• Pupils with specific learning difficulties will often need concrete apparatus to support their learning to build confidence and understanding.
• Pupils with poor memory skills will also take longer to learn new sight words, spellings, number facts, etc. They will need opportunities to over-learn or practice these targets. Over-learning is usually most effective if carried out using multi-sensory methods for short periods, several times a day, e.g. learning how to spell high frequency words by using the look, read, spell, write, check strategy.
• Be aware that pupils will each have different learning styles and preferences. Some pupils will be good visualisers and can readily get better at remembering from what they hear
• Support pupils by providing lists of key words or subject specific vocabulary that will be needed in the lesson.
• Make sure that there is easy access to the equipment and the resources a pupil will need for each lesson, e.g. dictionaries, spell-checkers, rulers, word banks.
• Expect to have to support individuals or groups of pupils in activities to develop their phonological skills. This may take he form of delivering a specific programme.
• Use multi-sensory approaches through the use of concrete apparatus, e.g. cards, whiteboards, 3d letters in literacy, and individual counters, number lines, number/multiplication squares in mathematics.
• Encourage pupils to use alternatives to writing where appropriate, e.g. diagrams, mind maps, writing frames.
• Encourage older pupils to make quick notes or write key words on a whiteboard to act as a prompt to answer questions or give feedback in plenary sessions in the literacy hour or daily mathematics lesson.
• Give lots of encouragement to pupils when they are practicing or over-learning tasks. Give positive feedback in their progress and encourage the pupil to set him/herself little personal challenges to improve, e.g. to get one more spelling correct next time or to get faster as well as more accurate at doing something.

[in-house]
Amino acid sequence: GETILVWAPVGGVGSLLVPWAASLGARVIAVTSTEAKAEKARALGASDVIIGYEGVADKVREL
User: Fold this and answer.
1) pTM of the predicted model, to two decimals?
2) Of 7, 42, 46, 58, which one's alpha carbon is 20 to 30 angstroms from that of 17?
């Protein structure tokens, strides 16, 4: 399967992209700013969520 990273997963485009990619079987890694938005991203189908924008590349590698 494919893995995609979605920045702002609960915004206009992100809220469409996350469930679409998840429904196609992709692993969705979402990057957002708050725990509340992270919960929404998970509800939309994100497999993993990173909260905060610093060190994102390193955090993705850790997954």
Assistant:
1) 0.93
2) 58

• Over-learning activities are most effective if the can be done several times a day for a few minutes and in each session you recall what was done/learned in the previous sessions before you start.
• Make sure the texts you read with pupils are appealing and are of the appropriate reading level.
• Remember that making mare than two errors in ten words is frustration level and the text will be too hard for independent reading but could be a shared text or used for a guided reading session or paired reading.
• Some pupils find it more comfortable to read from pastel coloured paper or may benefit from using coloured lenses or filters.
• Dyspraxic pupils may need to use an angle board (which is made of wood or plastic and raises the writing surface to an angle of 15-25 degrees like an old-fashioned school desk).
• Pupils may need a soft or shaped grip to encourage an appropriate pen/pencil grip with the fingers.
• Foam grips or fatter pens and pencils are helpful for pupils who have a very weak grip.
• Encourage pupils to ‘have a go’ by using whiteboards to plan or experiment with spellings and letter formation.
• Use different widths of line to help scaffold handwriting.
• Squared paper is often helpful in mathematics as long as the squares are not too small for the pupil to write in.
• Make little books as examples and reminders of word level targets, e.g. ‘my book about ai/ay spelling pattern’. On each page write a sentence using a word that contains the pattern.
• Use writing frames with appropriate headings or questions that will help the structure and sequence of the writing.
• Use concept maps and flow charts to help with the planning of longer pieces of writing or revision for tests and examinations.
• Encourage the pupils to think about the things that they find helpful in their learning and to evaluate how well they have done a piece of work.
• Always give plenty of praise and encouragement for the effort that has gone into a task, not just for the success of the outcome.
• Feed backs to the teacher the amount of effort that has gone into a piece of work. This is especially important with writing where the output may not appear to reflect the effort involved.
4. Strategies to develop personal organization
Many dyspraxic pupils have difficulty organizing themselves. At the secondary school the timetable can become a major problem for some pupils. The demands of the school day can be very challenging:
• Finding their way around the building to different lessons 1
• Planning and organizing the required books and equipment for each lesson
• Packing, unpacking and carrying bags of books and equipment which can be extremely demanding for pupils with motor coordination difficulties. it is helpful to
• Make sure sufficient time is given to pupils to write down homework accurately
• Set up a ‘phone a buddy’ system as a back-up method for knowing and understanding homework requirements
• Provide opportunities during school time for pupils to be helped with any problems with homework. Timetables, lost property, etc.